Soak up these two images and marvel at the things that happened between
the times they were taken, the stories in the lines on the face, and wonder about the mysteries Dylan has yet to reveal.
To receptive ears, hearing The Best of Bob Dylan could be a life-changing experience. By the end of “Summer Days,” the listener should be both exhausted and exhilarated. He or she will either hate Dylan or be voraciously hungry to hear and know more.
If the latter, I’d introduce them next to Dylan’s Chronicles Vol. 1 book/CD, Martin Scorcese’s “No Direction Home” film (now on DVD and PBS) and two-CD soundtrack album, and Dylan’s “Theme Time Radio Hour” on XM.
Then I’d throw the novice into the deep end – Dylan’s complete catalog of albums. Hearing the songs in their original context brings it all back home. As Flanagan points out, there’s a complete album or more of stuff for new fans to wade through behind every track on The Best of Bob Dylan.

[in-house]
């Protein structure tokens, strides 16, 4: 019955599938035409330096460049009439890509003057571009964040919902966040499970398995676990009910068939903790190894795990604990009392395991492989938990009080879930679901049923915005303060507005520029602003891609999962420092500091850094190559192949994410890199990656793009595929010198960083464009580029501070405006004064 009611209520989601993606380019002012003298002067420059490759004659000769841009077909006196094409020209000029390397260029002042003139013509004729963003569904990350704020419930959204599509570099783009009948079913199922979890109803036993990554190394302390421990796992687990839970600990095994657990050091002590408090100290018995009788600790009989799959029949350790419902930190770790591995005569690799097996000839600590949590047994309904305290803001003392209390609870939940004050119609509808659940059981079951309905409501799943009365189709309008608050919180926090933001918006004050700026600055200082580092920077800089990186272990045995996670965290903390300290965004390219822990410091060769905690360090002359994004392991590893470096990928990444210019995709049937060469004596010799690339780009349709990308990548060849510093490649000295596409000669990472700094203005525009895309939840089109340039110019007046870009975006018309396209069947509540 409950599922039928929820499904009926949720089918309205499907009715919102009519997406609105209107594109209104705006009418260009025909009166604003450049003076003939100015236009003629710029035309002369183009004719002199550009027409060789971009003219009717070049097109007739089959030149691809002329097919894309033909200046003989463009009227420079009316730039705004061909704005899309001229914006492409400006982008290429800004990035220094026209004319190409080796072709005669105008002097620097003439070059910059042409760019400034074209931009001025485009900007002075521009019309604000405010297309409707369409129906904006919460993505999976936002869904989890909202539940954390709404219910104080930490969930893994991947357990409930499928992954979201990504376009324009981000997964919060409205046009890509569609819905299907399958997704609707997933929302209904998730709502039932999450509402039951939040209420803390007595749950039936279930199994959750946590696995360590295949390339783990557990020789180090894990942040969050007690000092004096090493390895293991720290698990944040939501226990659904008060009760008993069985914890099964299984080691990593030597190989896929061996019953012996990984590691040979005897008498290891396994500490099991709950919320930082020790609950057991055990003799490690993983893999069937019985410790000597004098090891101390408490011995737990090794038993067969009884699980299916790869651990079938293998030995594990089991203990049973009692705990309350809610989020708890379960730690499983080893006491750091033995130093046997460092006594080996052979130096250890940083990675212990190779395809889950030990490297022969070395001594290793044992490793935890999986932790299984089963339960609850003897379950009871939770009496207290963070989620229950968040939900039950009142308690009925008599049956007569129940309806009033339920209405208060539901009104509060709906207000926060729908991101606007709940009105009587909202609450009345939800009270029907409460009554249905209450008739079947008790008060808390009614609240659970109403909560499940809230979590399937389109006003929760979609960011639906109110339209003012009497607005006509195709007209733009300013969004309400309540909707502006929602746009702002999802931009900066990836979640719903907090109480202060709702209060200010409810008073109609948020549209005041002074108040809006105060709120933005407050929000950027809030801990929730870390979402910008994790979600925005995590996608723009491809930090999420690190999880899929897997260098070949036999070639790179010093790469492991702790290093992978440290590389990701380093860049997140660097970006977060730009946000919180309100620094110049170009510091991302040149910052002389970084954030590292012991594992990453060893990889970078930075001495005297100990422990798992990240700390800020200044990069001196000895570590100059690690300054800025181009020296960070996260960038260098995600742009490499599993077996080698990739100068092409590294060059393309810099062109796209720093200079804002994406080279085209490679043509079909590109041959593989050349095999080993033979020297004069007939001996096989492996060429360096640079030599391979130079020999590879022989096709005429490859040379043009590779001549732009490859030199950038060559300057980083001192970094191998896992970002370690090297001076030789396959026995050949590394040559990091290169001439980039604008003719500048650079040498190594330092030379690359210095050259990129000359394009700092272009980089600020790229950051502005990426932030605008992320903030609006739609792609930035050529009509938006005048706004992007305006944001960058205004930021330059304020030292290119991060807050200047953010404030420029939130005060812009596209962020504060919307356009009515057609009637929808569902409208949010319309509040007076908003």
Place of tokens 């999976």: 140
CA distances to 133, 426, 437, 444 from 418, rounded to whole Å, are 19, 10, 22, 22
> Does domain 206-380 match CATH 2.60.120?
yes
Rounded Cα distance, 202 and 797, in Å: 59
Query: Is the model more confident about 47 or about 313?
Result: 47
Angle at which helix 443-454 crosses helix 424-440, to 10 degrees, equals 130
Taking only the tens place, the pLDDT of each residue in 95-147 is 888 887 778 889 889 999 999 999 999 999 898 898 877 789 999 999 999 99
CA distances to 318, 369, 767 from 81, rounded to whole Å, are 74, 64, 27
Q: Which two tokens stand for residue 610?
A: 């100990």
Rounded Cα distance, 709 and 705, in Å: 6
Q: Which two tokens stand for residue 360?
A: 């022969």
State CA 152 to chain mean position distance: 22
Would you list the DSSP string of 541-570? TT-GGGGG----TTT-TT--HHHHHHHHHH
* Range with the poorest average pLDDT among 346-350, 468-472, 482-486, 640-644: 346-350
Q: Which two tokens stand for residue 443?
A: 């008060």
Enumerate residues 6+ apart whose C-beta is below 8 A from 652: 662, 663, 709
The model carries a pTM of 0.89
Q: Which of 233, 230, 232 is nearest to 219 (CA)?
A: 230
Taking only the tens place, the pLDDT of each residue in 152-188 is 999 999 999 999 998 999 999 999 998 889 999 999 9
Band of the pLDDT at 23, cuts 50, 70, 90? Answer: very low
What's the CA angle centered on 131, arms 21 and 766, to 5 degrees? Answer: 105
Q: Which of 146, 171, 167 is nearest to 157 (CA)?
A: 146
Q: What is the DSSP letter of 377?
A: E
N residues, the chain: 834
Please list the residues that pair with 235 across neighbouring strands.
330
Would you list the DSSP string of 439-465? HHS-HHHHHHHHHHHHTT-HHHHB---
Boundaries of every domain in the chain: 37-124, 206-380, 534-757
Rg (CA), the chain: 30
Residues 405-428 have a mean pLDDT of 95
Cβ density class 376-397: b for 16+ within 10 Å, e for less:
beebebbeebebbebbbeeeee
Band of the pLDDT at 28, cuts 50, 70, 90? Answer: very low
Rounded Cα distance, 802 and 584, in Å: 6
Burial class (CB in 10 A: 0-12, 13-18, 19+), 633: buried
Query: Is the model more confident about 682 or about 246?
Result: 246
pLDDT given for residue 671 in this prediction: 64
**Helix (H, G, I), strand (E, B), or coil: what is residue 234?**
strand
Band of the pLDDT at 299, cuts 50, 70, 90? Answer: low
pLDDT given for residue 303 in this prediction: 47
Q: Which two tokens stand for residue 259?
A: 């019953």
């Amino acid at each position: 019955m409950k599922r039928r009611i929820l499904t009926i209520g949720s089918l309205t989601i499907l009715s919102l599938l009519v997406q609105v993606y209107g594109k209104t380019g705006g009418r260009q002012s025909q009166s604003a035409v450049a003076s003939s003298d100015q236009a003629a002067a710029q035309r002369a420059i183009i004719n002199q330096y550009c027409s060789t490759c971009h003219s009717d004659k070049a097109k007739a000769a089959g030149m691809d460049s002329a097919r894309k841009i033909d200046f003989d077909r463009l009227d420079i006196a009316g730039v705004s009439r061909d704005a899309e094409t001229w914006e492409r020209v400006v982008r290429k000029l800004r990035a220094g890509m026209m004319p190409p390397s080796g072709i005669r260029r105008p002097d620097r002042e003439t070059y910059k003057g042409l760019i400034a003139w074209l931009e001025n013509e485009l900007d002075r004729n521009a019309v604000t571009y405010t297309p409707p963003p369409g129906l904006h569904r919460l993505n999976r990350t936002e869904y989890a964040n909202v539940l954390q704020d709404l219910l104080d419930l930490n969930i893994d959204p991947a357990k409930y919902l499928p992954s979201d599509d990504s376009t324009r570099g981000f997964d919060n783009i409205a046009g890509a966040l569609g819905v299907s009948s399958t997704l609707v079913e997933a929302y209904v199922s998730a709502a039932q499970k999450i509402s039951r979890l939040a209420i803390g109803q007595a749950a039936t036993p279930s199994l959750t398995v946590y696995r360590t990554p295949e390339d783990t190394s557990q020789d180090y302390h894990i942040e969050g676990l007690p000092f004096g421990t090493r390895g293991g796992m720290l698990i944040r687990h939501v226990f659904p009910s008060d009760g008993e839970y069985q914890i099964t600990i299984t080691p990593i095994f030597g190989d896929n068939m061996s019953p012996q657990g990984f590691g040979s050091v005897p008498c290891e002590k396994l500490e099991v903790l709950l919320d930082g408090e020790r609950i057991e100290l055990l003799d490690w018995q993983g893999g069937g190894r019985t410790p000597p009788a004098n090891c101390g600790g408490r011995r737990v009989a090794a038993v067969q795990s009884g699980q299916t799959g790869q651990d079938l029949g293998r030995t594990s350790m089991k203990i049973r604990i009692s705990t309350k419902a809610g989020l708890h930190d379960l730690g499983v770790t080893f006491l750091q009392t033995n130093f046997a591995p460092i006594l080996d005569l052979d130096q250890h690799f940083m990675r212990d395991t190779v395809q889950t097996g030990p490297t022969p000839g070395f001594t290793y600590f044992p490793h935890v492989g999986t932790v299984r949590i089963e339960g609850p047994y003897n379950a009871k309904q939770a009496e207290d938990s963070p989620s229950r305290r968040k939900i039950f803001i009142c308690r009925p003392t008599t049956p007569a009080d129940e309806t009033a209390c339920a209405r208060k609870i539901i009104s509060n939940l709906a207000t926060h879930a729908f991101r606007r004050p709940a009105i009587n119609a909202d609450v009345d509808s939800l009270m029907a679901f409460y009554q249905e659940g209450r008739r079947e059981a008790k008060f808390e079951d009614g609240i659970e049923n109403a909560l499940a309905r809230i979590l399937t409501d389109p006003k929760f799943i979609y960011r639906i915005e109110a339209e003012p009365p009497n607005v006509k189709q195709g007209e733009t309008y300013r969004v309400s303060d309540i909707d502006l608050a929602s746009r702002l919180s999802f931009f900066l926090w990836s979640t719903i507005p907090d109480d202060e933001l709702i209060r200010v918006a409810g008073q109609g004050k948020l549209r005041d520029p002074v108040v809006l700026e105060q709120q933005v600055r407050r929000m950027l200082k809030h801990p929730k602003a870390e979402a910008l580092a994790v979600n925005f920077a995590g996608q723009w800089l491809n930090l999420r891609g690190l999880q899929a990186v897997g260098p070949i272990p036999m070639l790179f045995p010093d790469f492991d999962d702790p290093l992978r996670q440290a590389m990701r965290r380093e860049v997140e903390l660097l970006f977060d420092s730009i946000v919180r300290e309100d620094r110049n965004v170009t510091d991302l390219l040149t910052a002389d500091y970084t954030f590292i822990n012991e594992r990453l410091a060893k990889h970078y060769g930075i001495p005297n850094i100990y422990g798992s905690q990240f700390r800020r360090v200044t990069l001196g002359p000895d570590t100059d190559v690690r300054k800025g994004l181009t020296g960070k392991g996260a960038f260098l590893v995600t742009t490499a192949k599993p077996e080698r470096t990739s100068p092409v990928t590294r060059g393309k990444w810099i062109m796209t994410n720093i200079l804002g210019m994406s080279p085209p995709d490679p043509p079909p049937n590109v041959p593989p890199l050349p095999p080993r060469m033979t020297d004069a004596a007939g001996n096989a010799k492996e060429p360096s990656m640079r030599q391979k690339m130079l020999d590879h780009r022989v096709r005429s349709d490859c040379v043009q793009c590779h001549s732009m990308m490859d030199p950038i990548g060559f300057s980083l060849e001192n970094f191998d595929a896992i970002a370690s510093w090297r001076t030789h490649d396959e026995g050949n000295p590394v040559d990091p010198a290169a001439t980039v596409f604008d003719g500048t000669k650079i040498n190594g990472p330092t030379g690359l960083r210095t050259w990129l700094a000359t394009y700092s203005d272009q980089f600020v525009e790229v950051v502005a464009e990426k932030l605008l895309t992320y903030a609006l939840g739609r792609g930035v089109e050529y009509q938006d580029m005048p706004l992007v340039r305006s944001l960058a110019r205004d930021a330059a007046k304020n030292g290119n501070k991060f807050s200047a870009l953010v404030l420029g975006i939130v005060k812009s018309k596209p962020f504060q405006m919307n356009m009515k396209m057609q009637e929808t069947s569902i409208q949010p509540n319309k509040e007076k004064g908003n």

So you’d better start swimming….
Columbia’s Legacy division has treated Dylan’s catalog well in the past decade. All these tracks are the released versions, remastered and presented here in 16-bit stereo. The tracks originally recorded on analog equipment sound crisper and cleaner than they did on vinyl, and there are no surprises on the tracks recorded digitally. Considering the 40-year time span, the variety of Dylan’s producers and band lineups, and the developments in recording technology in that time, the overall consistency of sound from track 1 through 16 is impressive.